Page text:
June of ’71: Duluth sewers failing, Voyageurs Park bill signed

Sewer system malfunctions were on the rise in Duluth 50 years ago. The June 4, 1971 Duluth Herald reported 48 claims had been filed against the city through June 3, an amount that nearly doubled the rate of 1970, when 51 claims were made in the full year.

June of ’71: Anderson Furniture completes remodeling project

Wilbur Anderson and Dean Reese of Anderson Furniture announced the completion of an extensive remodeling project at their Anderson Furniture Co. store fifty years ago. The Duluth Herald of June 3, 1971 provides the details of the work done at 2032 W. Superior St., also noting the remodeling was planned to fit in with a proposed new mall across the street. Of course, Miller Hill Mall would open instead, two years later.

June of ’71: Council debates Mayor Boo’s pay raise

Duluth Mayor Ben Boo was on the verge of a pay increase 50 years ago, but several city councilors planned to amend the measure and cut the raise in half. That was the top local story in the June 2, 1971 Duluth Herald.

June of ’71: Western Union workers strike

A national walkout of Western Union workers in 1971 included 12 employees in Duluth and about 13 more from around the region. According to the Duluth Herald of June 1, the United Telegraph Workers and the Communications Workers of America had walked off the job over wage and job security issues. The average CWA wage at the time was $3.47 per hour.

The Slice: A Historic Classroom in Old Central

Take a trip 130 years into the past with a visit to the 1890s classroom museum at historic Old Central High School. Visitors can view what a classroom at the turn of the century looked like and can even tour the iconic bell tower.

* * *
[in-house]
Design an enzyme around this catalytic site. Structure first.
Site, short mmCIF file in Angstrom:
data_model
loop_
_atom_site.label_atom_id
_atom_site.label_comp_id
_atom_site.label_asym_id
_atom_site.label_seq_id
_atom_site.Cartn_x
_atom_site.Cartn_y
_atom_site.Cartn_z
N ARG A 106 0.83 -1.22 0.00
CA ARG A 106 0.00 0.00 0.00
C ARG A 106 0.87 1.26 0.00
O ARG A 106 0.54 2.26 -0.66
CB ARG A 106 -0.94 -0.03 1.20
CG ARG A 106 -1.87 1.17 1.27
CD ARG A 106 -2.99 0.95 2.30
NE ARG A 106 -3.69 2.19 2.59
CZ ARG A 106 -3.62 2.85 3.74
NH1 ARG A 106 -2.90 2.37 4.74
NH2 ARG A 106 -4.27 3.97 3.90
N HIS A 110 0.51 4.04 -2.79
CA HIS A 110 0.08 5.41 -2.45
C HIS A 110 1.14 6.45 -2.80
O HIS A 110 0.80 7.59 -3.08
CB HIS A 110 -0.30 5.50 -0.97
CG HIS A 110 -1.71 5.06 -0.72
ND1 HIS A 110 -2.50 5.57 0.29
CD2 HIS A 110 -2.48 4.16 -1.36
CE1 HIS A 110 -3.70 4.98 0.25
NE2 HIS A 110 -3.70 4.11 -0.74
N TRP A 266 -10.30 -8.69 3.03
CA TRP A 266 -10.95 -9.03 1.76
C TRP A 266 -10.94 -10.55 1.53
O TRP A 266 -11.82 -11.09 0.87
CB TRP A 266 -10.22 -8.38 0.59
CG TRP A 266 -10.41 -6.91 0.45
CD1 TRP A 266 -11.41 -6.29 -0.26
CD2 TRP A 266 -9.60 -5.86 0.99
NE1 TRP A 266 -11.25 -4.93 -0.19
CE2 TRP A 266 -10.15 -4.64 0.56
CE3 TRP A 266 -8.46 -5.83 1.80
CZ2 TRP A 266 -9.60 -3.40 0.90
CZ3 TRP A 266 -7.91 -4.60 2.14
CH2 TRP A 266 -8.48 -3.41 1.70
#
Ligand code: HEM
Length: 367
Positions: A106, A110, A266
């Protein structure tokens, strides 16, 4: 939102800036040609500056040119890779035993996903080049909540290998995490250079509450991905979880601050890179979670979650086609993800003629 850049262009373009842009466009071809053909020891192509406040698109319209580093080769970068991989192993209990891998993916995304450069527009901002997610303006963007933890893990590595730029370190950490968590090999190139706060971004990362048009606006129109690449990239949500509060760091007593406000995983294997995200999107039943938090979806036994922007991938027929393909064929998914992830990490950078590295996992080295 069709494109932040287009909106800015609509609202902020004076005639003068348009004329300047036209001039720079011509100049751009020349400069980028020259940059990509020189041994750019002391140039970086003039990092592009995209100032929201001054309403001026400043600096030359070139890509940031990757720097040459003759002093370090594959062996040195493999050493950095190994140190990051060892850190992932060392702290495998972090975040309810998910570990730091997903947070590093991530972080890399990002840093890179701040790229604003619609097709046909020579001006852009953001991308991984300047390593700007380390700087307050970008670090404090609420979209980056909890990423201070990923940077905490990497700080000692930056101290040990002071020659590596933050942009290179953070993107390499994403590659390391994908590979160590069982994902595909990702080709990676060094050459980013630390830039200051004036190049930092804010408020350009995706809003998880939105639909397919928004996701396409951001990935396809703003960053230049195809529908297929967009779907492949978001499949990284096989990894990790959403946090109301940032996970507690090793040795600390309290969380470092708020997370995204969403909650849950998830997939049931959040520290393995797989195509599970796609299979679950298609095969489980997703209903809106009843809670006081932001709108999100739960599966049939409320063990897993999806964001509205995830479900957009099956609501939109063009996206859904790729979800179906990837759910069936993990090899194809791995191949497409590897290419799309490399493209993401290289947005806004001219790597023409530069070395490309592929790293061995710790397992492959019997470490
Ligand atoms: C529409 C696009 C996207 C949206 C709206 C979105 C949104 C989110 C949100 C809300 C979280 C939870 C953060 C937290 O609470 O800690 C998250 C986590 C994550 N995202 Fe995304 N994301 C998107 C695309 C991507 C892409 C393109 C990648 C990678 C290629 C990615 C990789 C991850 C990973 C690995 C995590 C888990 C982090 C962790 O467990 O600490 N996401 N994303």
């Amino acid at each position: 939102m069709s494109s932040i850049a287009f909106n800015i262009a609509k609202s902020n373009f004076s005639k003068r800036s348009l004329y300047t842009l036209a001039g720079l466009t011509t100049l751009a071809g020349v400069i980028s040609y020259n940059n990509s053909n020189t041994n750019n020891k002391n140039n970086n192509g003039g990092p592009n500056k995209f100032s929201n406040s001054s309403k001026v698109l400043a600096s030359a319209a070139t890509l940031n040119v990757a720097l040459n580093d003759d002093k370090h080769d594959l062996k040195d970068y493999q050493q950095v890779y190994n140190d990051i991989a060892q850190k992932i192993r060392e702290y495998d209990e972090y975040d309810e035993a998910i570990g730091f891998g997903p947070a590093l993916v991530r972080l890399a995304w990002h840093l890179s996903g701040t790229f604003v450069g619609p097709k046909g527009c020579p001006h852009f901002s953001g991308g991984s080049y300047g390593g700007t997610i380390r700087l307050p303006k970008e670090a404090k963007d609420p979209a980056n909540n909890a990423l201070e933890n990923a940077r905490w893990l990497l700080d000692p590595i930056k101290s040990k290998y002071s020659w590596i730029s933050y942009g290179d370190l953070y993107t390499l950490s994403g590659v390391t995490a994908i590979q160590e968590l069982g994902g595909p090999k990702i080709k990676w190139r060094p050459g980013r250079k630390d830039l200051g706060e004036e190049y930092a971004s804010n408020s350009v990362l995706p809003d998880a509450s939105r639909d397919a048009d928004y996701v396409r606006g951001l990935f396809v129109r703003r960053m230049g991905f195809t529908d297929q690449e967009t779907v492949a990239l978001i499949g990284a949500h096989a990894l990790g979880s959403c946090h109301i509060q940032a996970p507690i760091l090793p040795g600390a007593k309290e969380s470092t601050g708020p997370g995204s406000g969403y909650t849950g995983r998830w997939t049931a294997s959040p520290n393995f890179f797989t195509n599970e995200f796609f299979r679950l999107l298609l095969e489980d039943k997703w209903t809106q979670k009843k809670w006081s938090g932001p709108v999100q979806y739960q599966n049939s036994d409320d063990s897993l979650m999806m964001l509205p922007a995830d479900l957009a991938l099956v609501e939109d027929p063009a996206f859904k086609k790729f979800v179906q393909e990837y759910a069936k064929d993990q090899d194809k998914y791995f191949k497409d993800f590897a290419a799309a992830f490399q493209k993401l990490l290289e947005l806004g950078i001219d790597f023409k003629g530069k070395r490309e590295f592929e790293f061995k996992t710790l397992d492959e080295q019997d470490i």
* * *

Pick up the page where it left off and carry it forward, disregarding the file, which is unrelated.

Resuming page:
In its series The Slice, WDSE-TV presents short “slices of life” that capture the events and experiences that bring people together and speak to what it means to live up north.

June of ’71: Introduction

You might recall a feature on Perfect Duluth Day called “Summer of ’65,” which ran during the month of August 2015 and highlighted items that appeared in the Duluth News Tribune 50 years prior. Volume II of that concept begins tomorrow with “June of ’71,” featuring items from the Duluth Herald.

Both of the bound volumes of a month’s worth of newspapers came to PDD via Jenny Ahern, who taught at Harbor City International School when she passed them along. It’s not known how the books made their way to Harbor City, but the school didn’t have a practical use for them. So now we share some of the nostalgia here, day by day, for a month.

The Herald published five issues weekly at that time, Monday through Friday, and the dates and days of the week in 1971 correspond with the dates and days of the week in 2021, so there will be no June of ’71 posts on weekends.

Video Archive: Bob Dylan’s childhood home in Hibbing, 1988

WDIO-TV has pulled this relic from its archive to share during Duluth Dylan Fest week. The news clip is from Oct. 10, 1988. Dylan’s boyhood home was on the market at the time. Reporter Leonard Lee went inside the house and into the former bedroom of the music icon where a shrine of sorts had been displayed. Items of note: an autograph from a pre-fame Bobby Zimmerman and a mezuzah shaped like a guitar.

The moments where the video briefly drops out are glitches in the 3/4-inch tape.